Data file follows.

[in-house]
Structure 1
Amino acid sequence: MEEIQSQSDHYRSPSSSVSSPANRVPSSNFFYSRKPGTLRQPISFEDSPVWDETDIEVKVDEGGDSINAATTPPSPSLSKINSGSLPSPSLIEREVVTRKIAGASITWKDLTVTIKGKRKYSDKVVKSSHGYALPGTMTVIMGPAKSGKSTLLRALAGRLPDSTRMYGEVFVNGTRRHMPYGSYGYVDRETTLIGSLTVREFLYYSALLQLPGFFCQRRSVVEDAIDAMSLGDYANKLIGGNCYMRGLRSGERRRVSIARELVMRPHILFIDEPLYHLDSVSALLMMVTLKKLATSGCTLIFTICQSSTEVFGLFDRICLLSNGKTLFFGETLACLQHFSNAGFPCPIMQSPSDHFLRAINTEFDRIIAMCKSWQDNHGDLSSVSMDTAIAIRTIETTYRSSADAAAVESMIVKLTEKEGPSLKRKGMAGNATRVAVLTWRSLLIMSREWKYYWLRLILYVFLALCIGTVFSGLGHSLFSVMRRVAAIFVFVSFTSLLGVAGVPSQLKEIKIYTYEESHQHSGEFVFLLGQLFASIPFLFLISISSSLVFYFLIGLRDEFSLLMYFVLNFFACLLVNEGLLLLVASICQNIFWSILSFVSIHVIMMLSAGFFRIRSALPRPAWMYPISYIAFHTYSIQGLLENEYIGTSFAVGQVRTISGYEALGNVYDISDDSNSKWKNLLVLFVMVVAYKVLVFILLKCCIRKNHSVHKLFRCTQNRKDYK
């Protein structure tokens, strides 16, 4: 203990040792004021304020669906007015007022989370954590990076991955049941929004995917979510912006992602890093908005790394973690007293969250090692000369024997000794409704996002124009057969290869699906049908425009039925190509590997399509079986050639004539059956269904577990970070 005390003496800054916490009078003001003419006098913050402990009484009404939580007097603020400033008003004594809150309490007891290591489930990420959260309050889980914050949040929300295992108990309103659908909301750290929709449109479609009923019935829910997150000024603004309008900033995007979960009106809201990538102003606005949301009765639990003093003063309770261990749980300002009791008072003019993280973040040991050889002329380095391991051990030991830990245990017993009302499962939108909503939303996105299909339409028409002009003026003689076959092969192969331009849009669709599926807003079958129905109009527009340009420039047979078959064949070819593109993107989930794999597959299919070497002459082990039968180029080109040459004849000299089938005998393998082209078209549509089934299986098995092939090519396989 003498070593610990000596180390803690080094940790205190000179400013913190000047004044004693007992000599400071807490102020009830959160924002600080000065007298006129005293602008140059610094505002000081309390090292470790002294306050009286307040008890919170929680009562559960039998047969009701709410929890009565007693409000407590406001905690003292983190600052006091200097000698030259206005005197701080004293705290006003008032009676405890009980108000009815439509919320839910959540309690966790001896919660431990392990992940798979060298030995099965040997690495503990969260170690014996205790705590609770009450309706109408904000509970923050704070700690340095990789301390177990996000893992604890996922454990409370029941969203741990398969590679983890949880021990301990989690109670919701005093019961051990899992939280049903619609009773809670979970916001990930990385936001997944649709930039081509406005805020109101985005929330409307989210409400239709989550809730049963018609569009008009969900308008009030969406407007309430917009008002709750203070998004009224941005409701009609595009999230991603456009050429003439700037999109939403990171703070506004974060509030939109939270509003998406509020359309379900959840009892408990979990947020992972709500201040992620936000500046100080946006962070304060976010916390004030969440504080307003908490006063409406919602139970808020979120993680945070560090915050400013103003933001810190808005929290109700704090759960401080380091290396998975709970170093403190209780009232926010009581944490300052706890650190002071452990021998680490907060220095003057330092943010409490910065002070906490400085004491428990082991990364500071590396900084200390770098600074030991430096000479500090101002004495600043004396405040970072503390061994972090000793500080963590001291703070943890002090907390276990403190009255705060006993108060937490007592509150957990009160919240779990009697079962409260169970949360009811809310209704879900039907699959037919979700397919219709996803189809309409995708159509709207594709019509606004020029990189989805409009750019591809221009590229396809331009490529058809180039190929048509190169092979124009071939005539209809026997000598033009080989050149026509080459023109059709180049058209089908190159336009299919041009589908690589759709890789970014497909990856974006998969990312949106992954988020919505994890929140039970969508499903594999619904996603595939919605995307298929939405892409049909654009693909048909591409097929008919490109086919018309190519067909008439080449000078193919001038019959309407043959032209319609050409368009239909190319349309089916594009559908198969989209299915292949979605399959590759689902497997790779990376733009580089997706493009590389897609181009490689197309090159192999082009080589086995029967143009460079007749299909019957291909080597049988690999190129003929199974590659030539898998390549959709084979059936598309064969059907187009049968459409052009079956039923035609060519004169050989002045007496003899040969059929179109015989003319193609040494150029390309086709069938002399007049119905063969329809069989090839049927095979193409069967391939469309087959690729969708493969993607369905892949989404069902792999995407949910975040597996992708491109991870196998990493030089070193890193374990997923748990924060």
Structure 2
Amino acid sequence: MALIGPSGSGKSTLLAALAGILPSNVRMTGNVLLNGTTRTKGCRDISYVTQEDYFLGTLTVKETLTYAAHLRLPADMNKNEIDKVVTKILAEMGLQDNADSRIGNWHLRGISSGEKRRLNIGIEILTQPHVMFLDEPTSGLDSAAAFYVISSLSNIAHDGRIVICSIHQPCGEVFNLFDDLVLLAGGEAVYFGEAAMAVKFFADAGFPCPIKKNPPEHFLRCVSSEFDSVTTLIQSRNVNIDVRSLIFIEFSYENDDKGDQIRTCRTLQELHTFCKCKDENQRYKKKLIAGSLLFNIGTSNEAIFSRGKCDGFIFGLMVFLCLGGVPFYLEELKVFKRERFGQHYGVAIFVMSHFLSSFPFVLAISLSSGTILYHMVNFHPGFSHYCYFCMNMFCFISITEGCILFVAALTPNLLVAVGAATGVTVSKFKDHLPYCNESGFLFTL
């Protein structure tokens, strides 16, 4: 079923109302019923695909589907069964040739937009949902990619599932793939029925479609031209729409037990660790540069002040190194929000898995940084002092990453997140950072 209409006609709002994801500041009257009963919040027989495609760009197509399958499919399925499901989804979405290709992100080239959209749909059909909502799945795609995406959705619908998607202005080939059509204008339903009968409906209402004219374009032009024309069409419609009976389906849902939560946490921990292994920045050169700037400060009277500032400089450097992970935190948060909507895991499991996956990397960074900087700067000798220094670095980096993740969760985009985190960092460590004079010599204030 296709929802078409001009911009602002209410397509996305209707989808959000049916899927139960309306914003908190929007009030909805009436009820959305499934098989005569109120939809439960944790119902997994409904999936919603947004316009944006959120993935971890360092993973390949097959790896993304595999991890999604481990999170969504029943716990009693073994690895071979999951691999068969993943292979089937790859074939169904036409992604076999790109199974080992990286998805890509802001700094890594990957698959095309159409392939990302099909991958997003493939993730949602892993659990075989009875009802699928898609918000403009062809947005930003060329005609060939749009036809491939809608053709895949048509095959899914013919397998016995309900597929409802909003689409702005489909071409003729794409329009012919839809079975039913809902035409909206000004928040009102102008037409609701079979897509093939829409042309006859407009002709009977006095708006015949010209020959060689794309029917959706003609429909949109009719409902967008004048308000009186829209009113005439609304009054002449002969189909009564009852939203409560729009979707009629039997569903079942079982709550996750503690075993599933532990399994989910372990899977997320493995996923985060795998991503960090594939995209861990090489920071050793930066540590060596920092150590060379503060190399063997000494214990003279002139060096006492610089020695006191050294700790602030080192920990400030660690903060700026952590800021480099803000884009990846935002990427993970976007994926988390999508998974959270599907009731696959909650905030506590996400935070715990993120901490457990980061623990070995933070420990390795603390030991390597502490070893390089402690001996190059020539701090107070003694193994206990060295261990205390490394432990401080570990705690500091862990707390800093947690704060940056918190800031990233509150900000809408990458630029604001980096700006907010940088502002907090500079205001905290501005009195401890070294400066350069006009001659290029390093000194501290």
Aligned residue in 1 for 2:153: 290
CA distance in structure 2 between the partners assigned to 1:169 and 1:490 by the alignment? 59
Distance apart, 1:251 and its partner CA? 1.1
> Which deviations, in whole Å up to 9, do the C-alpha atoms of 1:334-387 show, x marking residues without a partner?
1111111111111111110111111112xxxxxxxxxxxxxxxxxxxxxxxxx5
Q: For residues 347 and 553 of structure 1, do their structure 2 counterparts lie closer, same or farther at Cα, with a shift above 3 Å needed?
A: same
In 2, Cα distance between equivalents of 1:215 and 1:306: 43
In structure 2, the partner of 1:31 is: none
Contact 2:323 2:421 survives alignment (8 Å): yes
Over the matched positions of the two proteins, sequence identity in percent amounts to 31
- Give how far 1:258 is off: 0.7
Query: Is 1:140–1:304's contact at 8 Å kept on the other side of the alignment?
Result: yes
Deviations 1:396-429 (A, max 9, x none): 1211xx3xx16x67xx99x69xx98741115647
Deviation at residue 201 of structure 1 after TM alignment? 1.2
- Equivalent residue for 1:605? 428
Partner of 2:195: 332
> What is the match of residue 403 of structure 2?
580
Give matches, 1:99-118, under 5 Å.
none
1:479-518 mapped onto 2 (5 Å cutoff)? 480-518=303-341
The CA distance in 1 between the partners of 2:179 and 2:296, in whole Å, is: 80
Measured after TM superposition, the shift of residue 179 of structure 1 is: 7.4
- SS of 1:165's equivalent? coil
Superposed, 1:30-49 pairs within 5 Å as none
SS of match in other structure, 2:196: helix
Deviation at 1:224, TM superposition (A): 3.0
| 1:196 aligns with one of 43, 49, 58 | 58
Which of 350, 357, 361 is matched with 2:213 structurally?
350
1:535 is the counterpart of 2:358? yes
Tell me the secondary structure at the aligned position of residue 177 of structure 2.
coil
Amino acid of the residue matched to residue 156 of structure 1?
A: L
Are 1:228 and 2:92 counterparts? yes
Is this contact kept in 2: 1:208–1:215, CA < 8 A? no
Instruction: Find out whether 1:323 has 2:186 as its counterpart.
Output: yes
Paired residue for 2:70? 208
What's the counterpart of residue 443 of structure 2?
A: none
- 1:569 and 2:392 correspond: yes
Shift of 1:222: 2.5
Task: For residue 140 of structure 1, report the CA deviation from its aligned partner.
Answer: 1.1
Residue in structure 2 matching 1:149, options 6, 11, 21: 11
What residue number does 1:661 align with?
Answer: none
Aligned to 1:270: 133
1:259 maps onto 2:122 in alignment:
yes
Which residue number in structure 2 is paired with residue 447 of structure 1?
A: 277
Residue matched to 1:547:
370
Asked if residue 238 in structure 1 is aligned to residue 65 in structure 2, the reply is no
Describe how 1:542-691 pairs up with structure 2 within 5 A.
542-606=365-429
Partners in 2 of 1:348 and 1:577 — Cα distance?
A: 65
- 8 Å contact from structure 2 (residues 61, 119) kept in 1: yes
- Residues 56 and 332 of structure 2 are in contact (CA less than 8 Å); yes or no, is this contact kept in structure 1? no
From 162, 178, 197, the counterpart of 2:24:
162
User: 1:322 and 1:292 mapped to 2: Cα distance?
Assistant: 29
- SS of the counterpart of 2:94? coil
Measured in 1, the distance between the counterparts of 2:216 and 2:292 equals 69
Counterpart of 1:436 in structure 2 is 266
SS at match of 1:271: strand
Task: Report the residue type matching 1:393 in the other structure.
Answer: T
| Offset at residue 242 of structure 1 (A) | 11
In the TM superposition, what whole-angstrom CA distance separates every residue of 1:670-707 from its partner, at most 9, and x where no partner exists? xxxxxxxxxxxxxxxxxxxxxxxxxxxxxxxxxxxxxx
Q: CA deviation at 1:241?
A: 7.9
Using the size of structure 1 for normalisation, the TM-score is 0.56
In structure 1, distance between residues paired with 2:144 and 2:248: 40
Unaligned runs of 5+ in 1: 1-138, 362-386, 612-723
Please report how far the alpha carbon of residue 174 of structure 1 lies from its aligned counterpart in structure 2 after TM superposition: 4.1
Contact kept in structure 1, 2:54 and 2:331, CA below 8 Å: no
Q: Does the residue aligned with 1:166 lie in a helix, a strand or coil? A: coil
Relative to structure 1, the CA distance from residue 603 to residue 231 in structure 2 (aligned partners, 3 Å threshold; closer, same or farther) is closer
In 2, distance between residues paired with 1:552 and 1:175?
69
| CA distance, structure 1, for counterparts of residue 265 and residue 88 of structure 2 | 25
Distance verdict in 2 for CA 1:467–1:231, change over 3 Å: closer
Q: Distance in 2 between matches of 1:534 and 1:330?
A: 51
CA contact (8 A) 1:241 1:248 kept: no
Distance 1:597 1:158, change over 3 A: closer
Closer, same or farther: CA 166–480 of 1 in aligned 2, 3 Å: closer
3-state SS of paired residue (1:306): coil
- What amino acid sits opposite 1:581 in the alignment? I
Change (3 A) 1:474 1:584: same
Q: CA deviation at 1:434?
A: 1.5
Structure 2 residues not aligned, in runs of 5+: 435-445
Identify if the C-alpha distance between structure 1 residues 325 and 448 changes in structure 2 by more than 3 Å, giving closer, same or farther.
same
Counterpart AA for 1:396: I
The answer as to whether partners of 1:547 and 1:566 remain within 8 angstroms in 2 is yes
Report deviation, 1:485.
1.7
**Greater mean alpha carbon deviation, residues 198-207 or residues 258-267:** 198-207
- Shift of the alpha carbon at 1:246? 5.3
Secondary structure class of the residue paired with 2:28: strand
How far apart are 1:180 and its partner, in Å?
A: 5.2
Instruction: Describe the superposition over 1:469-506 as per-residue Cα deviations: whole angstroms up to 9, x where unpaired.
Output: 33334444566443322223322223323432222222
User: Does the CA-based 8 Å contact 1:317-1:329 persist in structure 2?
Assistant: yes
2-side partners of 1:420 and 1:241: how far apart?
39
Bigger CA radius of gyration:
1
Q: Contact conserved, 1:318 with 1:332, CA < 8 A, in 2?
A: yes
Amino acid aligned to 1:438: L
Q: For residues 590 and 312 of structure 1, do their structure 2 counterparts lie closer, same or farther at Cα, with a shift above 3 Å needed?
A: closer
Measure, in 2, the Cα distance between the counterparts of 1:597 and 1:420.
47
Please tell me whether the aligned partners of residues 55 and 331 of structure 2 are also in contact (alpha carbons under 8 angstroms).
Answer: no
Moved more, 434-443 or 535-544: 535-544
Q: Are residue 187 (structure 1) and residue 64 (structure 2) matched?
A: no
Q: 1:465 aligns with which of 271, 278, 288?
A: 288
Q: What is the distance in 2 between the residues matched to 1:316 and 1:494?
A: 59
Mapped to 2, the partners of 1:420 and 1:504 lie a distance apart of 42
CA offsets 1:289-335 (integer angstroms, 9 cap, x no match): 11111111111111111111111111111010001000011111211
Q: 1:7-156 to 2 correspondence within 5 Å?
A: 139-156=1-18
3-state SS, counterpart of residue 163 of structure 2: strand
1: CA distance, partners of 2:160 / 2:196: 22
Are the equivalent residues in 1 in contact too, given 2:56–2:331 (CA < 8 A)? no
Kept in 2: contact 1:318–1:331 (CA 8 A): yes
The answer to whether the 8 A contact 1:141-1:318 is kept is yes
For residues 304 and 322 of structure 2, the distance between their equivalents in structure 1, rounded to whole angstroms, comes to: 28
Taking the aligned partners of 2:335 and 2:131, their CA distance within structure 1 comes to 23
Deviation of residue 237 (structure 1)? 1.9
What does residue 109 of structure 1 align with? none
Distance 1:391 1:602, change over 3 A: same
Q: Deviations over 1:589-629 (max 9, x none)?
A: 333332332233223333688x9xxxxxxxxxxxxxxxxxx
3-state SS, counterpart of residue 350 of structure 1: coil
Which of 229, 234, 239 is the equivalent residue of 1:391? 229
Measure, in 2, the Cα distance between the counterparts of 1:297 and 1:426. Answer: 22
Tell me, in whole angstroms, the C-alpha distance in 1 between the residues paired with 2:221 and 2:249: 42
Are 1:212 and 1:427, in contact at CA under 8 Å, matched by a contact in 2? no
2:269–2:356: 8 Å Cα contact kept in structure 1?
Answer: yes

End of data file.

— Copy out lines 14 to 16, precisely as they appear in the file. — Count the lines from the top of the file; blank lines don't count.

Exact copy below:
A: same
In 2, Cα distance between equivalents of 1:215 and 1:306: 43
In structure 2, the partner of 1:31 is: none